The three legacy U.S. airlines — American, United and Delta — are engaged in a war of words with their counterparts in the Persian Gulf. They claim the Gulf carriers are rigging competition in their favor through billions of dollars in unfair aid from their governments.
Both sides have made their case to U.S. officials, who are now considering how to respond. There have been no indications as to what federal agencies might do, following intense lobbying that has included both sides enlisting allies. The U.S. carriers have had the written support of a number of members of Congress. The Gulf carriers have partnered with smaller airlines, such as JetBlue and Hawaiian Airlines, which have sided with them.
At issue are Open Skies agreements, which govern international travel. These agreements are between countries, and they facilitate unfettered competition among airlines of different national origin.
“The airlines of either country can fly as much as they want to the other country,” said Seth Kaplan, managing partner of the trade publication Airline Weekly. “They don’t have to ask special permission to do that.”
For the legacy U.S. carriers, Open Skies agreements have brought about lucrative partnerships with European counterparts.
“When you fly between the U.S. and the UK, you might be on American, and you might be on British Airways,” Kaplan said, “Because they’ve basically merged their operations in those markets.”
Open Skies agreements have also benefited Persian Gulf carriers: Emirates, Qatar and Etihad airlines.
Those three are looking to expand further into European routes, which has alarmed legacy U.S. carriers and some European airlines, as well. The U.S. carriers believe Persian Gulf states unfairly subsidize their airlines, making it difficult — if not impossible — to compete with them on trans-Atlantic routes.
The U.S. legacy carriers, along with other groups such as airline workers’ unions, have formed a group called the Partnership for Open and Fair Skies. Through it, they have been arguing that the Gulf carriers are competing unfairly. The partnership said its forensic accountants have tracked down $42 billion in aid that oil-rich Gulf states have provided to their airlines.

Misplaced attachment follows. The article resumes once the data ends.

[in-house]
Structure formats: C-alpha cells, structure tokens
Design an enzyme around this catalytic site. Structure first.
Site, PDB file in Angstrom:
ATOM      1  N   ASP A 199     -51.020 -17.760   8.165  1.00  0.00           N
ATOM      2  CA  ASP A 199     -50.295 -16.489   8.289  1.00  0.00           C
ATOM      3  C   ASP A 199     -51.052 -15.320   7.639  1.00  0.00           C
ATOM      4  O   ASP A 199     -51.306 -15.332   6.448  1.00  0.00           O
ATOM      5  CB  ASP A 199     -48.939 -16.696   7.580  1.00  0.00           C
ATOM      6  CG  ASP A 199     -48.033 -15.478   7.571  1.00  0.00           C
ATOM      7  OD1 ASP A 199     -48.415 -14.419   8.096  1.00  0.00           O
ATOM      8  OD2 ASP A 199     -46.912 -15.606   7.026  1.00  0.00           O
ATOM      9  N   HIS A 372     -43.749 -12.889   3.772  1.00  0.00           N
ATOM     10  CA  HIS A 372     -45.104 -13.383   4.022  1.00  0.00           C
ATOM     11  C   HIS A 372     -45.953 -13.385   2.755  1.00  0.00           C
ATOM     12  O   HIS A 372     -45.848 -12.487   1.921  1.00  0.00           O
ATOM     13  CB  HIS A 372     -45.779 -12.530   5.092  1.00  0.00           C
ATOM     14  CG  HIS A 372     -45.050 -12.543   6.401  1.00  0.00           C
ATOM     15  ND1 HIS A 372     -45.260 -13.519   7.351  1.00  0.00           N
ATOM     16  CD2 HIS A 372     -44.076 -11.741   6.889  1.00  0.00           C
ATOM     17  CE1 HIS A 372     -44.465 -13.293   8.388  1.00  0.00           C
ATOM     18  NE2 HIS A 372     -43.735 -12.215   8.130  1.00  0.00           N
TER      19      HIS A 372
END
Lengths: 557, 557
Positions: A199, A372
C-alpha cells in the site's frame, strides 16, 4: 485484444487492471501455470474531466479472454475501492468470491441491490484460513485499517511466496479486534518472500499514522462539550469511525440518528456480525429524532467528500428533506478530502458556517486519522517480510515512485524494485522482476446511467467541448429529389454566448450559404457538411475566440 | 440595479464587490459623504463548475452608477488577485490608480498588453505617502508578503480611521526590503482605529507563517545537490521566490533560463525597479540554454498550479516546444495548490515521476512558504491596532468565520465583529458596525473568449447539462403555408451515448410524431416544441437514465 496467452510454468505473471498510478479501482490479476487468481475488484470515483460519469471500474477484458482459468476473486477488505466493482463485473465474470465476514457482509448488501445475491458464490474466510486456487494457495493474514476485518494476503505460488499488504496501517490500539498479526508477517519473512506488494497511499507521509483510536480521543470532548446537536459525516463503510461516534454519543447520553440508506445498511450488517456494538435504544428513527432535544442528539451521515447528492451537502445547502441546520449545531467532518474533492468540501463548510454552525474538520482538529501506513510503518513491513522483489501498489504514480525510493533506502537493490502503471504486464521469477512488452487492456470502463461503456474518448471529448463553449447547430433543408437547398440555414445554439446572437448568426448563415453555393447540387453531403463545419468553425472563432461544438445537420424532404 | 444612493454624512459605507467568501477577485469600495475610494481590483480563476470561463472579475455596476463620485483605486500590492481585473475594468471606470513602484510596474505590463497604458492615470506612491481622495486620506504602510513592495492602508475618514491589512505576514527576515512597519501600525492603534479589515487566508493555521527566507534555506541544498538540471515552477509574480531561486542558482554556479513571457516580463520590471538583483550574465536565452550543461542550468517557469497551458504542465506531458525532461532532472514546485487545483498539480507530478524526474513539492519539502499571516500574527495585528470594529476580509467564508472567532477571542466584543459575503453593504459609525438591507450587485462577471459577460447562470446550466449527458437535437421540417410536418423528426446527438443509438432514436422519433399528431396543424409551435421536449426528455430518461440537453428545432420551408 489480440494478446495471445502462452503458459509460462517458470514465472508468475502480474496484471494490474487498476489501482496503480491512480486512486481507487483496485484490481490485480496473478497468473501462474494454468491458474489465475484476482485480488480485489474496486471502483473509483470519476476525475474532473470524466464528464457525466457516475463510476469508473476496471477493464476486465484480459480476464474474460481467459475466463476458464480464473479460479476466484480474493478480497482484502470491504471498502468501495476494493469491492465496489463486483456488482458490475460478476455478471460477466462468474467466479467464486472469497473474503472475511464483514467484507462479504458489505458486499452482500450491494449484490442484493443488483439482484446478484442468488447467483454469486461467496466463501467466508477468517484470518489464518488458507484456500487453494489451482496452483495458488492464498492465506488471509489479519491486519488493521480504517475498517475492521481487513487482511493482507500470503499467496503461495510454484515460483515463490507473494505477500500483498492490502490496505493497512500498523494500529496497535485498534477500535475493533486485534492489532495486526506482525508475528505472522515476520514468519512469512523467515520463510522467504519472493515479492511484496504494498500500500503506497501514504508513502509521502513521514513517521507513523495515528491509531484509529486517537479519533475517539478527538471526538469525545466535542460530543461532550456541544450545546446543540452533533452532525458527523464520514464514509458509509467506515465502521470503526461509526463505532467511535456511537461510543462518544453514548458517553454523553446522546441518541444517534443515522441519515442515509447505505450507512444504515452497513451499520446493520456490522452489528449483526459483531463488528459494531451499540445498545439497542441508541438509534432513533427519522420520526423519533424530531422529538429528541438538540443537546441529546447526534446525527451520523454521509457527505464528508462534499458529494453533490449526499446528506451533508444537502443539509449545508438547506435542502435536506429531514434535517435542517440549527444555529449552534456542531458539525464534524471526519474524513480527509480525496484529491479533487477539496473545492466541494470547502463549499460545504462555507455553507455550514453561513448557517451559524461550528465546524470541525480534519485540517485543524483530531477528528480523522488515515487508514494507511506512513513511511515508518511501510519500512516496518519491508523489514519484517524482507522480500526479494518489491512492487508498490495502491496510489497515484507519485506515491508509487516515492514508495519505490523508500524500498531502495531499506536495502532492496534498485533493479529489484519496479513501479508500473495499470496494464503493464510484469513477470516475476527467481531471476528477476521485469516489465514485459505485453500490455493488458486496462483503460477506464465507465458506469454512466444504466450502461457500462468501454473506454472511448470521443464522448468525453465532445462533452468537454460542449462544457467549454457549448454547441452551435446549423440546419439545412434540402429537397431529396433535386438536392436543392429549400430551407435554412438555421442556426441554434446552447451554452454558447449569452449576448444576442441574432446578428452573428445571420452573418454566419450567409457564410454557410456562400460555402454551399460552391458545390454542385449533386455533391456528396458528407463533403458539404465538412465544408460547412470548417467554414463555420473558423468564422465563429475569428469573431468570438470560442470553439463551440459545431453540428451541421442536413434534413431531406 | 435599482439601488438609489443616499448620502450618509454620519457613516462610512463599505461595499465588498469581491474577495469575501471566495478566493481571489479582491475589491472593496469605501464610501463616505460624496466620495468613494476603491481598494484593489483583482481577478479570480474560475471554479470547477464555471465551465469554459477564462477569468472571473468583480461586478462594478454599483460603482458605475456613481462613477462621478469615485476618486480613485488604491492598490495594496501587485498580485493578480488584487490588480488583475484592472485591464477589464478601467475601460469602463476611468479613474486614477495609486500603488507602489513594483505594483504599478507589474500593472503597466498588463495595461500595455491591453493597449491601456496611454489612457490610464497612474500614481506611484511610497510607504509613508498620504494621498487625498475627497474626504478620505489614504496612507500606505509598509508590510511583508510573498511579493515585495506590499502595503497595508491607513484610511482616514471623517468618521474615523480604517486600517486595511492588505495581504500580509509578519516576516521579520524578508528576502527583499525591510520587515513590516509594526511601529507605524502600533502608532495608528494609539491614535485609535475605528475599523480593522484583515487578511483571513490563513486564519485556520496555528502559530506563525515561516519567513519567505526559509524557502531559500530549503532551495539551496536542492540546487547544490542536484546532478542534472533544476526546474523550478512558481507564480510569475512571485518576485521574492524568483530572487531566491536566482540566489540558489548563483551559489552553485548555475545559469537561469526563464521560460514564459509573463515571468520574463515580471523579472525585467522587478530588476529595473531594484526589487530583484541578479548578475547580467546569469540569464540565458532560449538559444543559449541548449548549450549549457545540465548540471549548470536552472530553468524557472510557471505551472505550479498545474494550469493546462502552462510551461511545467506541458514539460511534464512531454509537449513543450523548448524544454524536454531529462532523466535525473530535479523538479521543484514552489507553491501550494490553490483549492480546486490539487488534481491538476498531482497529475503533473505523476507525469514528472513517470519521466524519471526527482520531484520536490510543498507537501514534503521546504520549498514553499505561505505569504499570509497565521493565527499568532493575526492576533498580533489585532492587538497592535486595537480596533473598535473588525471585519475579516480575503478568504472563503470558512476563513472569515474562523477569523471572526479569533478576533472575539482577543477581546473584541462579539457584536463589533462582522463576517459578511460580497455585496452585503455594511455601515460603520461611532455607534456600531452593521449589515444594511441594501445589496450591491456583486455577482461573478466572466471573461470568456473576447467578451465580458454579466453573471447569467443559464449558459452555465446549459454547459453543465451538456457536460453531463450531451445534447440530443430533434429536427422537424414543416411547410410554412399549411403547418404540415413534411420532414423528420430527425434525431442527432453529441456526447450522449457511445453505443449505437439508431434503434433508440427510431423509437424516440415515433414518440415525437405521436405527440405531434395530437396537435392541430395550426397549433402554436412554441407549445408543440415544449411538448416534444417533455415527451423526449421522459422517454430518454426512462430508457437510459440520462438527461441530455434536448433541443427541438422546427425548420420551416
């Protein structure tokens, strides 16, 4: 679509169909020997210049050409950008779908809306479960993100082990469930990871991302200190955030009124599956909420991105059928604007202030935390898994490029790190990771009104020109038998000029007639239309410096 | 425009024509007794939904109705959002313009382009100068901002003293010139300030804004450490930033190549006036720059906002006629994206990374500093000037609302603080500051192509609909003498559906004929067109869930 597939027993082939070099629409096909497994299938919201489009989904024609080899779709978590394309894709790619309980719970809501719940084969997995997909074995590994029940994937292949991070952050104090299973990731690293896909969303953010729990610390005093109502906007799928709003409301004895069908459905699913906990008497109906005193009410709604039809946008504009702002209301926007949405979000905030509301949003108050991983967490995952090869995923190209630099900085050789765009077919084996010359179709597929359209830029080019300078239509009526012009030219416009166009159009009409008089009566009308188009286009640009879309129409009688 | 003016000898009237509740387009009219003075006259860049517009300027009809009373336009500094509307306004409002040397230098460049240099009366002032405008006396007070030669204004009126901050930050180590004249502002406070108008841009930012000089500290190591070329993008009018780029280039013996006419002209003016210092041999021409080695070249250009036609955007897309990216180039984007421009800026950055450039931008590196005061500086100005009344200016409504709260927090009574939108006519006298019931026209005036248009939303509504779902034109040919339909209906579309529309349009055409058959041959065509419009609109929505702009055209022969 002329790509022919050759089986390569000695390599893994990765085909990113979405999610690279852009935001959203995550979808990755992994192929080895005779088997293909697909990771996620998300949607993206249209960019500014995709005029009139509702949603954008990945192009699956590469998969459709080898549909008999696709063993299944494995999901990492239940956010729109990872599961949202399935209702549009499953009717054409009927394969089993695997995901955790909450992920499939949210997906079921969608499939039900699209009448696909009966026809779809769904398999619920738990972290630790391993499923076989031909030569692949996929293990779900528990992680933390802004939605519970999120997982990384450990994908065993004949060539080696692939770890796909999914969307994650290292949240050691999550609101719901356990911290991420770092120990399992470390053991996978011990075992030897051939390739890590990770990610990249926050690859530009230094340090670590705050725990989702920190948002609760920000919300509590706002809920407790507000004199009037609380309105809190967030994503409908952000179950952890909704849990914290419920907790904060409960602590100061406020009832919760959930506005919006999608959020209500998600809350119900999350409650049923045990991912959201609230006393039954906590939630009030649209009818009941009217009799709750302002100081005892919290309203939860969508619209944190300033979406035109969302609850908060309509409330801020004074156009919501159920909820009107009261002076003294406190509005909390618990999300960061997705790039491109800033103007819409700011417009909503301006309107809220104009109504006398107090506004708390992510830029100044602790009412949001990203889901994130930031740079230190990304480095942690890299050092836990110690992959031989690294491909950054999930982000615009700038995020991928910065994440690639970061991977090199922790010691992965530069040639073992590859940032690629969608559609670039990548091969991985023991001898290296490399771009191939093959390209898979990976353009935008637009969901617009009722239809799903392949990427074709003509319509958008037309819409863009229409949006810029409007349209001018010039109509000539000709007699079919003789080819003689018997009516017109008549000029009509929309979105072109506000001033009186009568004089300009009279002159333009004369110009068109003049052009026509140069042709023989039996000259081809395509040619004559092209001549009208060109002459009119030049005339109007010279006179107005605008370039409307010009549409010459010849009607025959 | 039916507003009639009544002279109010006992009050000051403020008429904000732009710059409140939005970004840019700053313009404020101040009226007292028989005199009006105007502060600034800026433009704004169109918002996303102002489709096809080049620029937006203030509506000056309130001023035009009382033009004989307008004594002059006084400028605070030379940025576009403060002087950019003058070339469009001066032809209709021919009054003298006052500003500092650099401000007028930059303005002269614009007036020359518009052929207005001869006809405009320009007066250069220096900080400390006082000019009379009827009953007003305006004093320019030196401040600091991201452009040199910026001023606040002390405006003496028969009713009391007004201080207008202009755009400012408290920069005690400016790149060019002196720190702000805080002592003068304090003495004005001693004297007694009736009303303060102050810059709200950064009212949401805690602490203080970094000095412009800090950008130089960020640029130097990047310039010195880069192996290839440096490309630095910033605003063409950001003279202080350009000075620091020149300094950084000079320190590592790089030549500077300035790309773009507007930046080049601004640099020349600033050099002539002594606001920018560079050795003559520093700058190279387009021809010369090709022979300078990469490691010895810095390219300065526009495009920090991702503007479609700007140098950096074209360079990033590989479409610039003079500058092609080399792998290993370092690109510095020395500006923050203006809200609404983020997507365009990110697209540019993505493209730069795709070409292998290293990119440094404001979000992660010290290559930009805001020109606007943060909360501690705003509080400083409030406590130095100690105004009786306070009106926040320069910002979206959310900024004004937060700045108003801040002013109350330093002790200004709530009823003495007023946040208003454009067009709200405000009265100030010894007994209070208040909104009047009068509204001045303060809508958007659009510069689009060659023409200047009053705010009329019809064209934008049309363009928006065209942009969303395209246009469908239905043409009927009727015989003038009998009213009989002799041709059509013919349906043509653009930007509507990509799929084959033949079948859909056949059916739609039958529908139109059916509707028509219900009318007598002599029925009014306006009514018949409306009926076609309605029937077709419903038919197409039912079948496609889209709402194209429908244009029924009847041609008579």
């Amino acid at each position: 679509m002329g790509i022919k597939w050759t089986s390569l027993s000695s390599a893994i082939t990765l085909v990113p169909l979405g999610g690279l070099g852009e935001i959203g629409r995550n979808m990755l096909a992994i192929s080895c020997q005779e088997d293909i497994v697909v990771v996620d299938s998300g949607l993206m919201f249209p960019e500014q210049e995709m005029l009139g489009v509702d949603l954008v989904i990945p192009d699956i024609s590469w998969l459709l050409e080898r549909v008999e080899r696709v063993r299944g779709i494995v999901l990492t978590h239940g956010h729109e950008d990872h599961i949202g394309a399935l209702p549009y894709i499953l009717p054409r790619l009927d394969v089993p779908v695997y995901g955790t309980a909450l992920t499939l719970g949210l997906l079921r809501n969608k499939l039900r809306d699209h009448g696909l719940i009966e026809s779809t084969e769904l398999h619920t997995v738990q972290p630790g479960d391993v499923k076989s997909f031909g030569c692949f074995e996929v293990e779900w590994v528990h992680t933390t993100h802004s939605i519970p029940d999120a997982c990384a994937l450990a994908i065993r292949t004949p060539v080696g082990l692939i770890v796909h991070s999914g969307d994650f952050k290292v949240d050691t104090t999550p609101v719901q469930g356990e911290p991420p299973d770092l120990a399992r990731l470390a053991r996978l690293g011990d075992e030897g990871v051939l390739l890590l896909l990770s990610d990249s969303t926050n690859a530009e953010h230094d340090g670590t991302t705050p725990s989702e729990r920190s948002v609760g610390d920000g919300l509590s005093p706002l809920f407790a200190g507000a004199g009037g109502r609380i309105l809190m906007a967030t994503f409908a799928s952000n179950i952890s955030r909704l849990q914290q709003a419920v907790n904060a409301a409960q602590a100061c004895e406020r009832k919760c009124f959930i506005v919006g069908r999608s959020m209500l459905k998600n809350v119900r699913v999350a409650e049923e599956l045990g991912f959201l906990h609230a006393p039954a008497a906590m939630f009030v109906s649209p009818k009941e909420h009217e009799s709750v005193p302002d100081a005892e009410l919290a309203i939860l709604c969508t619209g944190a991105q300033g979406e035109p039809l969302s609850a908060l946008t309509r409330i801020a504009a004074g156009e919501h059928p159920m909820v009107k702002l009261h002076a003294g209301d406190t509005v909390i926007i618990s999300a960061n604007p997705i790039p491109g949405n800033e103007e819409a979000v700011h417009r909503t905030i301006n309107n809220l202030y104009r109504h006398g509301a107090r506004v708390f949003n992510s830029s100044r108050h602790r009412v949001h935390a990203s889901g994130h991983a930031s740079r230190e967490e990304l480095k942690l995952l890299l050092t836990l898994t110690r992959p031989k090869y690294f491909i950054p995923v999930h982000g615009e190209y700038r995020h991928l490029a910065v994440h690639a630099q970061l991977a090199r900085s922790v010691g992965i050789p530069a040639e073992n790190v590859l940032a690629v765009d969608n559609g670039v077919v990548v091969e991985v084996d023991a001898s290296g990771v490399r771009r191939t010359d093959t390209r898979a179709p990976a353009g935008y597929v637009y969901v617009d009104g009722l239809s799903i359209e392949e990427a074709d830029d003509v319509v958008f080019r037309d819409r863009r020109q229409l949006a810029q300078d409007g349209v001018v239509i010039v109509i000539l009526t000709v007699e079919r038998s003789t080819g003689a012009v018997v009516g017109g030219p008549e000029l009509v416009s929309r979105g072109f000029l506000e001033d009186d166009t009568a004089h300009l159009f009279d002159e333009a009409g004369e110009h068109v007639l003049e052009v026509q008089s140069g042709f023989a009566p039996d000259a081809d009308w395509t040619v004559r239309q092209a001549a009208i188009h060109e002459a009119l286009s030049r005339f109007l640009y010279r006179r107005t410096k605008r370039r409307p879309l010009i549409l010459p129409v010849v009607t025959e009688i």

“With the Gulf carriers being floated by their governments … they can fly routes that don’t make economic sense … and they do it at the expense of U.S. carriers,” said Jill Zuckman, the alliance’s spokesperson.
The U.S. airlines want the Gulf carriers to freeze their expansion into routes originating from the U.S., and for the American government to negotiate permanent changes, Zuckman said. She would not elaborate on what exact changes the legacy carriers are seeking, saying that they only seek to start a dialogue on the issue.
The Gulf airlines, meanwhile, have come out swinging, and have accused U.S. airlines of shedding crocodile tears.
“The legacy carriers themselves benefit from massive federal, state and local government support of their own,” said Tim Clark, the CEO of Emirates Airlines, in a lengthy news conference earlier this year. He accused American carriers of seeking nothing less than to alter the very nature of long-established Open Skies agreements. Instead of complaining, Cook said U.S. airlines should start competing with Gulf carriers on quality and service.
“The legacy carriers are earning record profits,” Clark said. “Why couldn’t they have spent that improving what they do? … Investing in comfortable seats and all the things that Emirates prides itself on doing.”
Buckman said that U.S. airlines are happy to compete, but they want to compete on a level playing field.
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